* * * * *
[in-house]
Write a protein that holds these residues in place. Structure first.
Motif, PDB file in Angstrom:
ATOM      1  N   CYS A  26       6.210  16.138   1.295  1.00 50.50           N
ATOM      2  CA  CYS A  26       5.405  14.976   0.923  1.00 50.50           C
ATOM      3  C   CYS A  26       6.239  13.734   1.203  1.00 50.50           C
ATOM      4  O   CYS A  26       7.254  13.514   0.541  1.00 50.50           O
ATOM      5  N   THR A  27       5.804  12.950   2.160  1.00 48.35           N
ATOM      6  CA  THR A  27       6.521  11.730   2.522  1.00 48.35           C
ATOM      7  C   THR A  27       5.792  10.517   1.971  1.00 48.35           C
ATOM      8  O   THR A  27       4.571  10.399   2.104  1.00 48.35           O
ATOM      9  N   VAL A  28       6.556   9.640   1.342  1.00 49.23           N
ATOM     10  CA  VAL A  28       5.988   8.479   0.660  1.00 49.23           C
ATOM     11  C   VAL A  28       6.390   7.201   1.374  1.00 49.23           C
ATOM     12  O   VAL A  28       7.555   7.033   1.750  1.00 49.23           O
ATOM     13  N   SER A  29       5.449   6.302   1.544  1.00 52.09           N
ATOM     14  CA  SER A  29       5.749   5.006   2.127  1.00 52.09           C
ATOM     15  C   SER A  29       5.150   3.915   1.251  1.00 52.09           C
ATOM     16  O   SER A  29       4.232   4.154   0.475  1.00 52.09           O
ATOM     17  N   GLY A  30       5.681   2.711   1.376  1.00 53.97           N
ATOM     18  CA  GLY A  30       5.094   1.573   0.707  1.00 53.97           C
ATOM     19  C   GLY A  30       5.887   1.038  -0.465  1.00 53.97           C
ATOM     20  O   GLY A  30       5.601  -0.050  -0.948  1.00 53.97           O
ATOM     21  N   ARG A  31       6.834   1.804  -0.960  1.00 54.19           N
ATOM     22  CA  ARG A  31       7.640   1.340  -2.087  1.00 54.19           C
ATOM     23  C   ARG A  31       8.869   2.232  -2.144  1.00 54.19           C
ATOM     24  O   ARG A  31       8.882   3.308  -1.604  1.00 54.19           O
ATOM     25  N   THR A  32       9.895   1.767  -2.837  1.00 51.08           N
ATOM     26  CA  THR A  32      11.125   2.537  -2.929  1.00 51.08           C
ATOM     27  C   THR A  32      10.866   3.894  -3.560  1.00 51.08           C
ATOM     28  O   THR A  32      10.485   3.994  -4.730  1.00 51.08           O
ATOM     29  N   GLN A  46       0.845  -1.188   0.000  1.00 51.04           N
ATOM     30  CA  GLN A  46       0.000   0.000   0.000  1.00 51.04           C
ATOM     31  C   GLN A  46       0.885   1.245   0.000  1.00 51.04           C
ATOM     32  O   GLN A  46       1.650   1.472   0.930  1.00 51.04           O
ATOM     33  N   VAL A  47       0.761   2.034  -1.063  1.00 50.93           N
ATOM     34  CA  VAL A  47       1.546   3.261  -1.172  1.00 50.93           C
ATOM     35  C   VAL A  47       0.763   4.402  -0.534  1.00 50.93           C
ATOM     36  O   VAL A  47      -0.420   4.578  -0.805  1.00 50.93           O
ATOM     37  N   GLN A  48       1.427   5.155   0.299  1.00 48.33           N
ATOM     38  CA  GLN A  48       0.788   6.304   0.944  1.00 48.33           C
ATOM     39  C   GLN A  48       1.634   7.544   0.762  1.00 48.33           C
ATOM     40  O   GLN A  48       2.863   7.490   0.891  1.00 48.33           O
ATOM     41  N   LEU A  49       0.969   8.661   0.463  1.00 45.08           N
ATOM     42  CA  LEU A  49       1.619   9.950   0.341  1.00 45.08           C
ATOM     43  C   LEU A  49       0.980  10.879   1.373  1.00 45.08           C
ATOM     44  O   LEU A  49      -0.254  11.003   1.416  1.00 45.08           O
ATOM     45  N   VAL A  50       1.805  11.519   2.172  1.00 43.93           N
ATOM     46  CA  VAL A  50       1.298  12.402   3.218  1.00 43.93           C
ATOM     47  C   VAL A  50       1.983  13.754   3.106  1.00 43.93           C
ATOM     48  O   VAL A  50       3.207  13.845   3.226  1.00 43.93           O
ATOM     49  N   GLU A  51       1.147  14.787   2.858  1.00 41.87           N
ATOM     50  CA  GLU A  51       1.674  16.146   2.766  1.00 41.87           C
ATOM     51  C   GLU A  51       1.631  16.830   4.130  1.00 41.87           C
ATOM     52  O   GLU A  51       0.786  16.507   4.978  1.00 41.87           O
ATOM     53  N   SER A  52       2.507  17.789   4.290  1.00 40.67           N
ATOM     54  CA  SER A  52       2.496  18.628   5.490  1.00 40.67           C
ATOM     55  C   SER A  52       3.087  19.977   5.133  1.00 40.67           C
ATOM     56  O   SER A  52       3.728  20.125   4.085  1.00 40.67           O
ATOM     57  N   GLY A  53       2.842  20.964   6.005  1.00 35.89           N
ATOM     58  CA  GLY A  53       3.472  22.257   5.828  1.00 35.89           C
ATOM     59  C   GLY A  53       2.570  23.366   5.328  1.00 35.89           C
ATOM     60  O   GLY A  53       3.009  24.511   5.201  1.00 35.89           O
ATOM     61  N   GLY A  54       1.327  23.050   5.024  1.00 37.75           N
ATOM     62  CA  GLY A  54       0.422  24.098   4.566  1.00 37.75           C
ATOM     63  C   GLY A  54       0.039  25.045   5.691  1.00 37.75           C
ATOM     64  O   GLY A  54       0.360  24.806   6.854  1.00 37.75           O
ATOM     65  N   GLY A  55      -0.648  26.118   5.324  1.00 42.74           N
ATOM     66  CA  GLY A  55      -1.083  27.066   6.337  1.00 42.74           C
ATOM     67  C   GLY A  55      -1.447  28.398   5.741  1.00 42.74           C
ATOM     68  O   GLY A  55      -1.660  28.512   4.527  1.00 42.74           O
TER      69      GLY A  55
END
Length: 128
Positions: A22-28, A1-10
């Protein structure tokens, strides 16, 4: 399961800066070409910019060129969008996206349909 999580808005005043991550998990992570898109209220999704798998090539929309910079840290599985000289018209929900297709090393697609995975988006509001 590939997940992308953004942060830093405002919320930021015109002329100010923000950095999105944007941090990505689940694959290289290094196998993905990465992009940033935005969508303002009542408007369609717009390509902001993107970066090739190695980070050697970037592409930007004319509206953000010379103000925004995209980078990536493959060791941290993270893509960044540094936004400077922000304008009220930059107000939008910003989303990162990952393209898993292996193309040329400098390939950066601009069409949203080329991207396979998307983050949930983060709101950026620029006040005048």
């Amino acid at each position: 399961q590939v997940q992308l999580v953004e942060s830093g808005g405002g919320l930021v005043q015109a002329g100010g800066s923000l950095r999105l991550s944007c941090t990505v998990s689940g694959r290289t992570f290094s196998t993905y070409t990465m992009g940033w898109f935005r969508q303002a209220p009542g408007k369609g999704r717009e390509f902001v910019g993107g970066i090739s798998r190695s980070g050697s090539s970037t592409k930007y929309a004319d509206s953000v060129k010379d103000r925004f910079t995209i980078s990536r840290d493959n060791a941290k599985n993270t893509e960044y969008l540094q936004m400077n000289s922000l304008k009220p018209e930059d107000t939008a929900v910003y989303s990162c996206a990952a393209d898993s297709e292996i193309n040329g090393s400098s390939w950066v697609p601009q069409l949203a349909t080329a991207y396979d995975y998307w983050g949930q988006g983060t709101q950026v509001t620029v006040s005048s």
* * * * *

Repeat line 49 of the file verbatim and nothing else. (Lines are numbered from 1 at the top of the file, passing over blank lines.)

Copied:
ATOM     46  CA  VAL A  50       1.298  12.402   3.218  1.00 43.93           C